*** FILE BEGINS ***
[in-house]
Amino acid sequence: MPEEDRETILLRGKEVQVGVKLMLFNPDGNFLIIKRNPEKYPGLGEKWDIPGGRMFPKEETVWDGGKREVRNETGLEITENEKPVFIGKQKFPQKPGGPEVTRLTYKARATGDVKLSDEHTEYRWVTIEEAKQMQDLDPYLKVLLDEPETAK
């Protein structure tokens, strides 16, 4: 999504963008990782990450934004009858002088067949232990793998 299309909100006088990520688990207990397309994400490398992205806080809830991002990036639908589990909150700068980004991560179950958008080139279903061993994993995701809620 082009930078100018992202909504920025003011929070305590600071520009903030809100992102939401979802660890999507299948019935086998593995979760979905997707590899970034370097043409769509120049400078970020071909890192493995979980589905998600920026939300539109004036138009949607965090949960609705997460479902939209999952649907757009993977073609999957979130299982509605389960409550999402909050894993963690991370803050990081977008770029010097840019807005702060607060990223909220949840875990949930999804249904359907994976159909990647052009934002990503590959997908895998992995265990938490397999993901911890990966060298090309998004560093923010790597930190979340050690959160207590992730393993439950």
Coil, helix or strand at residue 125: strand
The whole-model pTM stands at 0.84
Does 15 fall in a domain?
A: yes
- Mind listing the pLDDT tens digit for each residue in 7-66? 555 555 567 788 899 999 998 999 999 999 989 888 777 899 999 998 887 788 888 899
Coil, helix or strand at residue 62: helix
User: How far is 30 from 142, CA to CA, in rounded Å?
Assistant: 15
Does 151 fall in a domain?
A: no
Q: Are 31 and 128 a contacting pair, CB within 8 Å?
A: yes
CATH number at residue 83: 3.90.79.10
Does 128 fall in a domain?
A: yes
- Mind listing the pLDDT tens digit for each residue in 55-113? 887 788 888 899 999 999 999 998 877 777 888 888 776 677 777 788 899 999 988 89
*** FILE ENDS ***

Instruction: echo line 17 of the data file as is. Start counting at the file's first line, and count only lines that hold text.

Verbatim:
Does 128 fall in a domain?